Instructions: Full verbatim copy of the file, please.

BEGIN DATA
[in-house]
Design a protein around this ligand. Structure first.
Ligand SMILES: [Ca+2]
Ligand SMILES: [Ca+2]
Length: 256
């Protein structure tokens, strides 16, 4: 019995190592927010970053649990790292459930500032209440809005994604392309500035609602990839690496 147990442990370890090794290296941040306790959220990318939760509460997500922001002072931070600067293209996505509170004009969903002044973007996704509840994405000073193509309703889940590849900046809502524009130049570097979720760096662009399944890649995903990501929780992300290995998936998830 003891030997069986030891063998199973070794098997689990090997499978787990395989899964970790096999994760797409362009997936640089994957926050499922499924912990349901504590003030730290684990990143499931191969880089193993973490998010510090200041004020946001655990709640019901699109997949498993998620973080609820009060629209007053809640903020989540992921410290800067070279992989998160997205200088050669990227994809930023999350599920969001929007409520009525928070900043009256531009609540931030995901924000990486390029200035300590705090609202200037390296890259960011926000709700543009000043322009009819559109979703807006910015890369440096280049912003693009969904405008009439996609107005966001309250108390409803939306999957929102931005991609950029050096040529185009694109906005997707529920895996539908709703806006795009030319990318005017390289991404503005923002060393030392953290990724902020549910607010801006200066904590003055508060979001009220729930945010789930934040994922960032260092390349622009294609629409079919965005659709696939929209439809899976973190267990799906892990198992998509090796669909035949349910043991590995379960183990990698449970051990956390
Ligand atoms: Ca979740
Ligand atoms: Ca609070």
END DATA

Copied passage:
[in-house]
Design a protein around this ligand. Structure first.
Ligand SMILES: [Ca+2]
Ligand SMILES: [Ca+2]
Length: 256
């Protein structure tokens, strides 16, 4: 019995190592927010970053649990790292459930500032209440809005994604392309500035609602990839690496 147990442990370890090794290296941040306790959220990318939760509460997500922001002072931070600067293209996505509170004009969903002044973007996704509840994405000073193509309703889940590849900046809502524009130049570097979720760096662009399944890649995903990501929780992300290995998936998830 003891030997069986030891063998199973070794098997689990090997499978787990395989899964970790096999994760797409362009997936640089994957926050499922499924912990349901504590003030730290684990990143499931191969880089193993973490998010510090200041004020946001655990709640019901699109997949498993998620973080609820009060629209007053809640903020989540992921410290800067070279992989998160997205200088050669990227994809930023999350599920969001929007409520009525928070900043009256531009609540931030995901924000990486390029200035300590705090609202200037390296890259960011926000709700543009000043322009009819559109979703807006910015890369440096280049912003693009969904405008009439996609107005966001309250108390409803939306999957929102931005991609950029050096040529185009694109906005997707529920895996539908709703806006795009030319990318005017390289991404503005923002060393030392953290990724902020549910607010801006200066904590003055508060979001009220729930945010789930934040994922960032260092390349622009294609629409079919965005659709696939929209439809899976973190267990799906892990198992998509090796669909035949349910043991590995379960183990990698449970051990956390
Ligand atoms: Ca979740
Ligand atoms: Ca609070």